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by Paul Rogers on 5th December 2012
Using a sub-standard on-site search engine is one of the most frustrating barriers for ecommerce users, as it prevents them from finding what they’re looking for and from navigating around the website. Some ecommerce platforms, particularly Magento, come with a poor search engine as standard, which is bad for general usability and your conversion rate.
Most ecommerce platforms will have third party modules available that will help you to at least partially eliminate this issue. Alternatively, you can look to integrate with one of the following:
PredictiveIntent is a site search and recommendation engine that is used by a host of ecommerce merchants. PredictiveIntent has already been integrated with several ecommerce platforms, including Magento and Interspire.
Locayta is used by some of the UK’s biggest retailers, such as Tesco and BooHoo, for product merchandising and search solutions. Locayta is also fully integrated with a number of platforms, including Magento.
SLI Systems is another merchandising and site search solution that is used by a host of big-name retailers, such as B&Q, Boden and Interflora. I had a demo of SLI Systems at MagentoLive and was really impressed with how the search pages are structured.
Solr is an open source search engine project that allows for fast and feature-packed site search for ecommerce and non-ecommerce websites. Solr is designed specifically for searching and is highly customisable.
Elastic Search is an open source project that allows people to do extraordinary things with data. We’re currently using Elastic Search for a site search and product ranking project with Magento (that, once completed, will be available via Magento Connect).
Although the premium search providers are more expensive, the open source options are likely to require a lot of development time to integrate them with your website.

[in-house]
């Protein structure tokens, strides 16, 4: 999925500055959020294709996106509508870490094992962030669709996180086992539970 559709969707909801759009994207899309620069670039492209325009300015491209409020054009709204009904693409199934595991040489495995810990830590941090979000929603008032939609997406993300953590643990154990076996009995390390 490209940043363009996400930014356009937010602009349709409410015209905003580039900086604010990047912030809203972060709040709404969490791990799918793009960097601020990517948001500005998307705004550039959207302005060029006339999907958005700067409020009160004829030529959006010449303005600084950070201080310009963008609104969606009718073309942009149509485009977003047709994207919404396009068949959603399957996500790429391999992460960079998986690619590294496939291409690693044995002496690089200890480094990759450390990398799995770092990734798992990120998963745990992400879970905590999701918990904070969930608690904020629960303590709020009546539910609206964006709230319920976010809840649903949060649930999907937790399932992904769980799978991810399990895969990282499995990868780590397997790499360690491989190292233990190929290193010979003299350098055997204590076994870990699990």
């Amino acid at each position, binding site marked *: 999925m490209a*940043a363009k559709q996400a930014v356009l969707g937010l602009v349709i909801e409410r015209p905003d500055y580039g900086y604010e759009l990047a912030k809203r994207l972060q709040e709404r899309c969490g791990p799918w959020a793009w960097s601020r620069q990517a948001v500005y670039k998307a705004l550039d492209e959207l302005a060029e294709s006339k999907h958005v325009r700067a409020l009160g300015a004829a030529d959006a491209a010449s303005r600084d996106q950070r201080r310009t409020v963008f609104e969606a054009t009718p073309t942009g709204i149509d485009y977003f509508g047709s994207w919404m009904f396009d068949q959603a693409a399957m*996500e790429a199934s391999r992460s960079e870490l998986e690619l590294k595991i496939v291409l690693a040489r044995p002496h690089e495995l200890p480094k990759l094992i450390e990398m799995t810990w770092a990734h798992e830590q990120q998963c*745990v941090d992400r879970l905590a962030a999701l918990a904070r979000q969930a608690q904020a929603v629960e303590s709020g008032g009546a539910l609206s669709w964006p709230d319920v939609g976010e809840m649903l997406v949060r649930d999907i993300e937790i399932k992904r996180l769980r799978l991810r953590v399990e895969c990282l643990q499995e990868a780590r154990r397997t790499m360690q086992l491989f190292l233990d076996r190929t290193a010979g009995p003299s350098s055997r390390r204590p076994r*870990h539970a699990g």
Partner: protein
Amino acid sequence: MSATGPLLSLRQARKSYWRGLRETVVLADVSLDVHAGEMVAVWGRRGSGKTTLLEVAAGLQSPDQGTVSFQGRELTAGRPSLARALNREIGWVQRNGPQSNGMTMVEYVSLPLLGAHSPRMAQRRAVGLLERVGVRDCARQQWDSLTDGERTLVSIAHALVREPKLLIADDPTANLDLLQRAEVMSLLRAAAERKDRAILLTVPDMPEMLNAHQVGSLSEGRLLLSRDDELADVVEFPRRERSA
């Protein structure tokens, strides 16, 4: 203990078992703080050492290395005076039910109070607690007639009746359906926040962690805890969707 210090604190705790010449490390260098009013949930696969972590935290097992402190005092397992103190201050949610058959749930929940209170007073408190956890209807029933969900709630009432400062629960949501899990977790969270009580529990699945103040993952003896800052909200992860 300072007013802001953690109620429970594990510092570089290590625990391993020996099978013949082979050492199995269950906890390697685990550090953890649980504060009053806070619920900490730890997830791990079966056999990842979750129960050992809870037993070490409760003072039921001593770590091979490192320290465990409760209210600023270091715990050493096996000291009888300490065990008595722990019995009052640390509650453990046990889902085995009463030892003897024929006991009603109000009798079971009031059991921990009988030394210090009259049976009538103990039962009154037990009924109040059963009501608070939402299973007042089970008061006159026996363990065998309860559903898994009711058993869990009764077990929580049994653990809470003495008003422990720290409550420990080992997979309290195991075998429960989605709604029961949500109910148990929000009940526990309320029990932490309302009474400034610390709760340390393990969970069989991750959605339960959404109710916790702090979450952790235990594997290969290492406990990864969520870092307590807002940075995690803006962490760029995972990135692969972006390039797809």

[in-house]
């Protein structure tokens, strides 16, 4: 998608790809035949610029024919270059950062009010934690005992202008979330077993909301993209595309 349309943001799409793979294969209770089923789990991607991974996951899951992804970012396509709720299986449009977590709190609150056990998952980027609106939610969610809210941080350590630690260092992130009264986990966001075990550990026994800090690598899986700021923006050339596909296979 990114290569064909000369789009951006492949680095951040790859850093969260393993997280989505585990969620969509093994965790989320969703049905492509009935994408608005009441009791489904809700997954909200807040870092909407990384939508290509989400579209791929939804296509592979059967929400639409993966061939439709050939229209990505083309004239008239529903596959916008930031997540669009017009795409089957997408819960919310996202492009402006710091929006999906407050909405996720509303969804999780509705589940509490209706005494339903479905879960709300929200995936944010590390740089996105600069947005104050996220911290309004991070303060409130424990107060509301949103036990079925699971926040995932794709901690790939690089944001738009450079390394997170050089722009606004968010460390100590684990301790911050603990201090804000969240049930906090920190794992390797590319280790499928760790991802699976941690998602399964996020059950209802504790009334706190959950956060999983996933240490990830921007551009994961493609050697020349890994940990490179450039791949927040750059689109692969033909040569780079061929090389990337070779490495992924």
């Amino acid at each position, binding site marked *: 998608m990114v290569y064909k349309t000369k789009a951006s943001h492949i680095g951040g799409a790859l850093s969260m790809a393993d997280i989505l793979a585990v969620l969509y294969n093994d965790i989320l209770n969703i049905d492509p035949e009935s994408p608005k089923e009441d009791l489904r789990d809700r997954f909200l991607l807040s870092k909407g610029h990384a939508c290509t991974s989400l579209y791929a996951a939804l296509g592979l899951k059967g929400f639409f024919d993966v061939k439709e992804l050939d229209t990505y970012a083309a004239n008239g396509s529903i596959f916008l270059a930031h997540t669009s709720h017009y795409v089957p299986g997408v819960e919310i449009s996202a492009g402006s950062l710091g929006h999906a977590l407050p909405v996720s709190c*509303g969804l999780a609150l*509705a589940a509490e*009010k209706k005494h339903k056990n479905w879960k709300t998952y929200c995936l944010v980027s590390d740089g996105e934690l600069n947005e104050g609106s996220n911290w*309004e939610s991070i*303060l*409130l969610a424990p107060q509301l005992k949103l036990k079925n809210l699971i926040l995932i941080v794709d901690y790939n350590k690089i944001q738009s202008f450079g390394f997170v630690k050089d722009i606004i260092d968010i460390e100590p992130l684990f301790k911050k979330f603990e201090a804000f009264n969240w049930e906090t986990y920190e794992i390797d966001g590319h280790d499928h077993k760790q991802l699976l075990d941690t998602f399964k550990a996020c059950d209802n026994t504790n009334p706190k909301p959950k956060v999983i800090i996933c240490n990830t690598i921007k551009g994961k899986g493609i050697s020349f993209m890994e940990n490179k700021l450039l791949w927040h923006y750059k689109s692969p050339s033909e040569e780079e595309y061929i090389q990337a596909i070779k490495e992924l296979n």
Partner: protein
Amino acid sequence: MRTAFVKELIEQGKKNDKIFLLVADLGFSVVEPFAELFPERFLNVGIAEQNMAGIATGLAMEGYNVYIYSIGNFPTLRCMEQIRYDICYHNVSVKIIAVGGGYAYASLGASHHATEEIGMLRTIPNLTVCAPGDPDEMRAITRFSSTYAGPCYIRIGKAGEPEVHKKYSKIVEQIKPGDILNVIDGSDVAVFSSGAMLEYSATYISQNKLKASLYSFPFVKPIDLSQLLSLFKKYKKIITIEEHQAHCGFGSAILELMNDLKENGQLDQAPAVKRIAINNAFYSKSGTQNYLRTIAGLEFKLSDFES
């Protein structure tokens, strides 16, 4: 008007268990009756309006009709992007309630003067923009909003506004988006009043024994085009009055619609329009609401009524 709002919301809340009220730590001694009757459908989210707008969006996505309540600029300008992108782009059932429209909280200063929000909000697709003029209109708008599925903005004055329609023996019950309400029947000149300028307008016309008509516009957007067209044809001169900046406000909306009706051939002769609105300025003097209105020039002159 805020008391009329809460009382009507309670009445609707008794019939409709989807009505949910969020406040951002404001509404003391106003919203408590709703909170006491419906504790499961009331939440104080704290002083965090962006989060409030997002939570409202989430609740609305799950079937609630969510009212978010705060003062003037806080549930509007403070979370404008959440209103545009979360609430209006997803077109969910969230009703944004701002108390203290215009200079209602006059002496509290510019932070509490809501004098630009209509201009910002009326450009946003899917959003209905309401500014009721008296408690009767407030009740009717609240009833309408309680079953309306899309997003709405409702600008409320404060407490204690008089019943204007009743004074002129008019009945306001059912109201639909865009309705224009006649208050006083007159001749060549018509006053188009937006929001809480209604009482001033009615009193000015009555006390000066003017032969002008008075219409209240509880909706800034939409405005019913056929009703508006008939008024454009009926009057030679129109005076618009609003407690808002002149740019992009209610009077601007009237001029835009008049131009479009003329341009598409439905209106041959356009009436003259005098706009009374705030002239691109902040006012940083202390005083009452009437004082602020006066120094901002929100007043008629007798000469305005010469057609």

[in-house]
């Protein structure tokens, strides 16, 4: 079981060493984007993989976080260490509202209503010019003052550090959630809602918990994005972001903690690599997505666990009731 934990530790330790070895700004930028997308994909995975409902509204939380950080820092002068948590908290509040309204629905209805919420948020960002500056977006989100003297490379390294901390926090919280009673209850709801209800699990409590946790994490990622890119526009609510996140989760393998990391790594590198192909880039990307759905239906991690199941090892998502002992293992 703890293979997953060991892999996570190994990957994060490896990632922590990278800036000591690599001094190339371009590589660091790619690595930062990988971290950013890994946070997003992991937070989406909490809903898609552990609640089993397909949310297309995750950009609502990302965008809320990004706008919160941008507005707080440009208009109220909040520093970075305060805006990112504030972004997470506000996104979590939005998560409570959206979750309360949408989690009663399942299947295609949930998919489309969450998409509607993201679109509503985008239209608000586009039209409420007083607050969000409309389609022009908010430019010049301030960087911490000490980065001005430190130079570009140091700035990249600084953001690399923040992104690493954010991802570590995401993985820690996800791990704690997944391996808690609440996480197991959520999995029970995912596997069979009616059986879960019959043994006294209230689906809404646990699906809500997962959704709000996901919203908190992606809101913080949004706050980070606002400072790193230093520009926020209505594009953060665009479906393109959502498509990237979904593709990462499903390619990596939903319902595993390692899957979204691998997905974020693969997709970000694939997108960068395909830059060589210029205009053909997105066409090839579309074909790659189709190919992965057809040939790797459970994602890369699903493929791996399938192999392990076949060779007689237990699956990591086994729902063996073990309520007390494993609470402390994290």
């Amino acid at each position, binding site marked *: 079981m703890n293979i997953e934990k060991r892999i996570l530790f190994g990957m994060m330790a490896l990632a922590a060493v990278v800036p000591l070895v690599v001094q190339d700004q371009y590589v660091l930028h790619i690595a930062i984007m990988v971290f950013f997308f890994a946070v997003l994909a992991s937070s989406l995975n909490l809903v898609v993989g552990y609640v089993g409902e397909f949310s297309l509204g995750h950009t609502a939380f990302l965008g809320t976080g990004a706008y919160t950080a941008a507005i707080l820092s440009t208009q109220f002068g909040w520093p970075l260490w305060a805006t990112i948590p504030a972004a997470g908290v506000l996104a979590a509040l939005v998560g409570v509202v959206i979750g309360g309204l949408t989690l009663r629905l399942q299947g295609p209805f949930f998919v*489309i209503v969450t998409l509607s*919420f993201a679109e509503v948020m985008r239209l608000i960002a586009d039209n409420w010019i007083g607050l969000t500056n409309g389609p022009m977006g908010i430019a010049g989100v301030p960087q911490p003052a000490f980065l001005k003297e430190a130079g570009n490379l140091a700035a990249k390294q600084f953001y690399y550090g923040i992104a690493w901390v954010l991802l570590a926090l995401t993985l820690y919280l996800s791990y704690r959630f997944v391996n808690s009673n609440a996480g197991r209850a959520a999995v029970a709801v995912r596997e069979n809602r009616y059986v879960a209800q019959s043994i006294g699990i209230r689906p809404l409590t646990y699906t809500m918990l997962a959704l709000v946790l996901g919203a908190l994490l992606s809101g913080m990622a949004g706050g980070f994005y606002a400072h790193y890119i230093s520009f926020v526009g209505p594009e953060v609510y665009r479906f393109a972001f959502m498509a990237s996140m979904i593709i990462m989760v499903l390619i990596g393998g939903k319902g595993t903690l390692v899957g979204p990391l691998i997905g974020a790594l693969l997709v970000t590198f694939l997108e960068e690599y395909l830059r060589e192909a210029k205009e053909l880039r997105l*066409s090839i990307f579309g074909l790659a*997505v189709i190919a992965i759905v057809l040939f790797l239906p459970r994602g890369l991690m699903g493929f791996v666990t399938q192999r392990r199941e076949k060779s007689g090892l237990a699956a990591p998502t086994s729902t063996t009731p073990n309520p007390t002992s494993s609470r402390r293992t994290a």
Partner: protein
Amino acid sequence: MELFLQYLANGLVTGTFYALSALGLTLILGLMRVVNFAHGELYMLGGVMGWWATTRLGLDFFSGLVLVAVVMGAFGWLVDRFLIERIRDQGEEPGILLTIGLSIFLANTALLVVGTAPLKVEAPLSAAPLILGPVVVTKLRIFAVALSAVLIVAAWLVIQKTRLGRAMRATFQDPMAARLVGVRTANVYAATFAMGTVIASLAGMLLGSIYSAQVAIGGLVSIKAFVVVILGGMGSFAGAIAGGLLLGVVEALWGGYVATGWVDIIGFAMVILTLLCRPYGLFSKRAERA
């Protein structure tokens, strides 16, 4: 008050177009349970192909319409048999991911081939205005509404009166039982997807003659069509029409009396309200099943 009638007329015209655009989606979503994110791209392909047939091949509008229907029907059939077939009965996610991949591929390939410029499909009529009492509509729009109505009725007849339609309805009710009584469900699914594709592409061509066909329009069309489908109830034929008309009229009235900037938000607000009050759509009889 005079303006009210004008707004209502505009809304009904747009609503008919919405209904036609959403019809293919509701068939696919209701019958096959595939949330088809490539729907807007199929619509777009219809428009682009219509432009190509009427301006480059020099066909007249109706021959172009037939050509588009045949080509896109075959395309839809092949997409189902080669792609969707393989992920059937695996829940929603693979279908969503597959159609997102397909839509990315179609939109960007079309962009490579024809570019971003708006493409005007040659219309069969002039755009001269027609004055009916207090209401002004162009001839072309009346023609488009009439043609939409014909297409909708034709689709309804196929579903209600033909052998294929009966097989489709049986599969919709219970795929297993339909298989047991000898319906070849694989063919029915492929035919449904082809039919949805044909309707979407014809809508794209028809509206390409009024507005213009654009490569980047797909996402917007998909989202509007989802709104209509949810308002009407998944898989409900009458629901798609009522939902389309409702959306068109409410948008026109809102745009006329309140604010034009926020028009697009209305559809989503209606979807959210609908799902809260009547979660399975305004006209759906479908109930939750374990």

For people looking to improve their search results for key terms in the short-term, I would recommend applying redirects to category pages so that it’s easier for users to find the relevant products. Also, lots of people search ecommerce sites for SKUs and product codes, so it’s really important to optimise your search solution for these queries too.
Focusing on bringing back the people that have left your cart can be a really cost effective strategy for improving your conversion rate.
There are a number of things that can be done to reduce the amount of people choosing not to buy within your checkout process; here are some of the ones that I’ve seen work well.
Once you’ve got the user’s details and you know that they’ve abandoned a cart, I would recommend getting in touch with them as soon as you can. Depending on the nature of the business, you could phone them and ask if there’s anything you can do to help, or you could send a subtle, personal email.
You can also use SeeWhy, a specialist service designed to help deal with abandonment, to help you with this.
Alternatively, you could send them a discount code to help to try and entice them to return to the site and convert.
Although this is not always the best solution – we’re currently building a new checkout module for Magento that will remove the main navigation from the cart pages. This makes it harder for people to leave your checkout and increases the likelihood of users converting.
We use event tracking (as per the image above) to monitor where users are clicking on the page (clicks that don’t change the URL), so that we can see how they’re engaging with the pages. Using event tracking on the checkout page is particularly useful as there are generally lots of options that are hard to track, ie: checkout with PayPal.
With product pages, monitoring how users are using additional image and video content is really useful and can help illustrate their role in conversions.
Goals (and goal funnels) provide a great way of visualising user journeys and identifying the stages where your visitors are dropping off or leaving the site. We use goals to track common journeys through retail sites (like homepage > brand page > category page > product) so we can see where people are dropping off along the way.